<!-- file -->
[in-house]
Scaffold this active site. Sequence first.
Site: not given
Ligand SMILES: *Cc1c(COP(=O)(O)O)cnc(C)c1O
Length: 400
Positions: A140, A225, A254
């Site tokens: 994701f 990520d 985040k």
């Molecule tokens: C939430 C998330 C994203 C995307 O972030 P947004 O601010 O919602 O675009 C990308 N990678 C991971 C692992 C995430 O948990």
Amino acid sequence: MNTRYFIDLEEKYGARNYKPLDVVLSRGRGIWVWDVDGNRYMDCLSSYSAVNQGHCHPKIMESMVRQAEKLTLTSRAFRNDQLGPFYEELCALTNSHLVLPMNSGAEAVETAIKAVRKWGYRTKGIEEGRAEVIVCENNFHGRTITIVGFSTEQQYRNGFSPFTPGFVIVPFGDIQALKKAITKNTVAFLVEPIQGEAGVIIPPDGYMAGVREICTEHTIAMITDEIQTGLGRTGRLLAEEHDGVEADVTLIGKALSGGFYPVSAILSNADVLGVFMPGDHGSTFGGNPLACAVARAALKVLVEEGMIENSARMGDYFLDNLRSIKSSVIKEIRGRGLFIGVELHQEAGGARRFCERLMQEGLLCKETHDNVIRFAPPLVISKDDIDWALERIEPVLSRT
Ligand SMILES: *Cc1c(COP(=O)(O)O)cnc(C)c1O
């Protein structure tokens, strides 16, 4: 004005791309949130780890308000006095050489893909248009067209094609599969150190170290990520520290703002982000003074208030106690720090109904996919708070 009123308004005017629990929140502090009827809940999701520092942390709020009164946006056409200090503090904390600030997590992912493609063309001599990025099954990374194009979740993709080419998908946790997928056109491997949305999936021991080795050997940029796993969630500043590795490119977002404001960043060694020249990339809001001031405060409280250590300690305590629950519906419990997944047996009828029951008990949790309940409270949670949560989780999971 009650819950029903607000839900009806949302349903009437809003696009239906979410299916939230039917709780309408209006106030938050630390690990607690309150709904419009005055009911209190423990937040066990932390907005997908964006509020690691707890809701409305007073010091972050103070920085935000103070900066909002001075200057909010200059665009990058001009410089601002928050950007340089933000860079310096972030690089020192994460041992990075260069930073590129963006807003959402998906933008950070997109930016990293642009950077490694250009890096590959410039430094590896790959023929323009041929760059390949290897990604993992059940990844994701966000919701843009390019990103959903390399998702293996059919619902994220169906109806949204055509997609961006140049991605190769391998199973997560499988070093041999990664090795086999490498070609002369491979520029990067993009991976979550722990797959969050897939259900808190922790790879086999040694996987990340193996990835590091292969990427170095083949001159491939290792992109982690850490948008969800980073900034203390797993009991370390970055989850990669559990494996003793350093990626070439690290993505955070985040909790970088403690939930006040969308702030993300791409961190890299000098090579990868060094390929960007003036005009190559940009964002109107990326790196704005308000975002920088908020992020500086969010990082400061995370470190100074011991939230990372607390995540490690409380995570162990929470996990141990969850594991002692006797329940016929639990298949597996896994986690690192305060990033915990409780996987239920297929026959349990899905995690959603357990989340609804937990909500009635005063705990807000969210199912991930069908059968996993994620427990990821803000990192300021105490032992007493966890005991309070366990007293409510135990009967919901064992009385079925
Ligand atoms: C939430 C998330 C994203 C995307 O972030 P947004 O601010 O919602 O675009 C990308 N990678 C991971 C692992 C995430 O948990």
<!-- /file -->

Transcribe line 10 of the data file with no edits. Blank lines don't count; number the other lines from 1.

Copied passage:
Ligand SMILES: *Cc1c(COP(=O)(O)O)cnc(C)c1O